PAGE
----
Gloucester Woman Gives Final Book Proceeds To Sawyer Free 2025 Challenge Grant Campaign

Gloucester native Marion Frost has donated $4,000 to the sawyerfree2025.org $100,000 challenge grant campaign that concludes at midnight on December 31. The gift, which comprises the last of the proceeds from her 2011 book, “My Gloucester: Views of a Provincial,” will be matched by an anonymous family fund backing the challenge campaign and pushes total donations by the general public to $88,000 since the October 18 launch.

A lifelong devotee of public libraries, a former children’s librarian and a published author, Gloucester native Marion O’Connell Frost has donated $4,000 to the sawyerfree2025.org $100,000 challenge grant campaign that concludes at midnight on December 31. The gift, which comprises the last of the proceeds from her 2011 book, “My Gloucester: Views of a Provincial,” will be matched by an anonymous family fund backing the challenge campaign and pushes total donations by the general public to $88,000 since the October 18 launch.

“Call it a widow’s mite,” quipped the 93-year-old Frost, who has lived in Ipswich for the past 50 years. “It’s fun to play a small part and it’s going to make me very happy to see Sawyer Free Library enlarged. I’m thrilled that the original building will remain intact. That is part of the reason I’m supporting Sawyer Free 2025.” 

Frost, who is nearing completion of a second book, first kindled her love of libraries at Sawyer Free as a child, but went on to work as a librarian at New York’s Schenectady County Public Library as well as the Utica Public Library during the 1950s. She has also served as a member of the board of trustees for the Pembroke Public Library, and spent 30 years in that same role for the Ipswich Public Library, where she now holds emeritus status as a board member. 

“I spent a lot of time in the Sawyer Free library growing up—a lot of time,” she said. “Starting out in the children’s room upstairs, then I graduated to the adult section downstairs and that’s when I was introduced to the stacks—just the little stacks, not the big ones they have now. They were just one little area back then, and I spent a lot of time in the stacks just reading. I especially remember Miss Flatley from Manchester, who was the children’s librarian.”

Frost’s husband, the late David W. Frost, worked for Blue Cross Blue Shield and was oft-transferred before eventually becoming president of that healthcare association. The couple, who share four children, attended Sunday School at Trinity Congregational Church together, but didn’t meet until they attended the same history and chemistry classes at Gloucester High School.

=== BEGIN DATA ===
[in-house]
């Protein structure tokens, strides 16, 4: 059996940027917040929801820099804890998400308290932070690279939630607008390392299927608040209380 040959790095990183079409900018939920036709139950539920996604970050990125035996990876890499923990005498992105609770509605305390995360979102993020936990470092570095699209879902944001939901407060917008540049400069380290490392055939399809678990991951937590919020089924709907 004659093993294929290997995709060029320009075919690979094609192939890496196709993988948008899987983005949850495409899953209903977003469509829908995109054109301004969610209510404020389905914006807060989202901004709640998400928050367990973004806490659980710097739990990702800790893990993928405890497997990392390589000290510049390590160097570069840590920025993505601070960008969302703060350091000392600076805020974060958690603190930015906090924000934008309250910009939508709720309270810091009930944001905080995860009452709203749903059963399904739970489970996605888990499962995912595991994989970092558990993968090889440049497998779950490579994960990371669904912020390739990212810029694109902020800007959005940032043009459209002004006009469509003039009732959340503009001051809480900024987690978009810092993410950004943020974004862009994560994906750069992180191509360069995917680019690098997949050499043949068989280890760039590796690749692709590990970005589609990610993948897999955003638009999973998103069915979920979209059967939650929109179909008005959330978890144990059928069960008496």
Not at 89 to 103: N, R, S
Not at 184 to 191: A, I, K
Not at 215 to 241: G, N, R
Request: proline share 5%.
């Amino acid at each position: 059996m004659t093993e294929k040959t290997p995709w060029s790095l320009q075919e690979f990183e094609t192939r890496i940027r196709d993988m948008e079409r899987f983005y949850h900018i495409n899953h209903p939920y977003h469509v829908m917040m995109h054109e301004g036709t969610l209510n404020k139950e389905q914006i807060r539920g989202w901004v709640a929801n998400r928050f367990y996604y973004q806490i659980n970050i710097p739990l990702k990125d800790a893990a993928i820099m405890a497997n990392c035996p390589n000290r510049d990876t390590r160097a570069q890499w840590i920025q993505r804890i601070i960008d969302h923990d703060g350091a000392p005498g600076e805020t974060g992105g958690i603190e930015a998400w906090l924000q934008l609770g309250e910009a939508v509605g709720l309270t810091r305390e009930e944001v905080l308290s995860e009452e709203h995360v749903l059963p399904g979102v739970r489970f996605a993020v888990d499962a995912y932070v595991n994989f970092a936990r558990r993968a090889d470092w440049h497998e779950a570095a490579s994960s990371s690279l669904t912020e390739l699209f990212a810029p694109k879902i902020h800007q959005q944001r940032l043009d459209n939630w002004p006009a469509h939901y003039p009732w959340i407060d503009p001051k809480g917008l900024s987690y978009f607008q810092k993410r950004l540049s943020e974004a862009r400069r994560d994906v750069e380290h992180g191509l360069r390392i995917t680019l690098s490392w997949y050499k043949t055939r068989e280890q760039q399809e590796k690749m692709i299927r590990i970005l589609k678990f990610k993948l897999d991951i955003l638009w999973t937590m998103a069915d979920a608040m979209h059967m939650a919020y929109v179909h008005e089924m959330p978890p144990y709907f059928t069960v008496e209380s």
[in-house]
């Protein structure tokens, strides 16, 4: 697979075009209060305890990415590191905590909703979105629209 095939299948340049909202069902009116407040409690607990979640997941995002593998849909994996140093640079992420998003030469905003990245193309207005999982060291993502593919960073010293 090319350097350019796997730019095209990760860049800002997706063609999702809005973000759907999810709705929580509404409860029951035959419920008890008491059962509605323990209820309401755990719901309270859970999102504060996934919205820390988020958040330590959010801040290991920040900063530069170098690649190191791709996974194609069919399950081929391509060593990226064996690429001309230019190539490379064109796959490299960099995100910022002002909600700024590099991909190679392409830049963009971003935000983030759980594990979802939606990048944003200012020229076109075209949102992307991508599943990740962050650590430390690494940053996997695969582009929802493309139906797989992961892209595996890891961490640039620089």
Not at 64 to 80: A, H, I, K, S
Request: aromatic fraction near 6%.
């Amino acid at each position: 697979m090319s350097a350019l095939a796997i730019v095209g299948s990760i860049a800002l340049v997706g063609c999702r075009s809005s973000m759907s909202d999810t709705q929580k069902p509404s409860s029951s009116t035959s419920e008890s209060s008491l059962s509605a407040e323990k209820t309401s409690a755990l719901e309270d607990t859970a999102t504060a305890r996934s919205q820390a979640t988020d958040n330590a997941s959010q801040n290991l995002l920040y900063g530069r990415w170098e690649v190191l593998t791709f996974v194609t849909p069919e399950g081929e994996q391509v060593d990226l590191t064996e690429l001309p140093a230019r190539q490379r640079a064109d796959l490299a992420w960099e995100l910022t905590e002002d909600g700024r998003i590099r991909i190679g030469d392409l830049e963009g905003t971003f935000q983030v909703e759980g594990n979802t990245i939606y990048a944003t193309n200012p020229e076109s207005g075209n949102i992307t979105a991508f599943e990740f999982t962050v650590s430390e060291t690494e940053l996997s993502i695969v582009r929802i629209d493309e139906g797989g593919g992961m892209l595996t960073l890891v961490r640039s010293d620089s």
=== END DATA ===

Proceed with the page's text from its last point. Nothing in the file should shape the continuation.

Full-time motherhood didn’t interrupt Frost’s professional life for long. A Sawyer Medal winner in 1943, she already had an undergraduate degree from Boston University, but earned her master’s at BU once the family relocated to Massachusetts, and followed that up with a master’s in moderate special needs teaching from Lesley University. Frost ultimately became a special needs teacher at Ipswich High.

“Marion’s dedication to education and to Sawyer library is an inspiration,” said Sawyer Free 2025 Campaign Manager Sarah Oaks. “Her generosity and thoughtfulness in donating the final proceeds of her beautiful book to our matching challenge grant comes at a perfect time as our deadline approaches, and has pushed us to the threshold of $90,000 with just a few days to go.”

For her part, Frost says her loyalty to her native city—both financial and creative—is about Gloucester’s unmatched natural beauty.

“I am a Gloucester girl,” she said. “It’s my hometown. As a kid, when I got old enough to go places by myself, I’d go down to the Boulevard and look out at the Atlantic Ocean and think, ‘If I keep looking, I will see Europe.’ I’ve always loved being on the edge of places. I’ve been lucky enough to travel the world. I’ve hiked in South America, in the Caucasus Mountains and in Nepal, but personally, I think Gloucester is one of the most beautiful places in the whole world. And that’s what I say in my book.” 

Frost’s first book retailed for $20 a copy and underwent two printings by King Printing in Lowell, but is now out of print. It ran 94 pages in length and featured more than two dozen photos of Gloucester locales shot by Frost herself. In 2011, Frost donated $5,000 worth of book profits to the City Hall Restoration Commission. Her new book, “Mother of Mine,” will be a tribute to the life and times of her mother, Celia Elizabeth Brooks O’Connell.

Sawyer Free 2025 (visit sawyerfree2025.org) is a fully philanthropic capital campaign to fund a comprehensive renovation, modernization and expansion of Cape Ann’s oldest public library.

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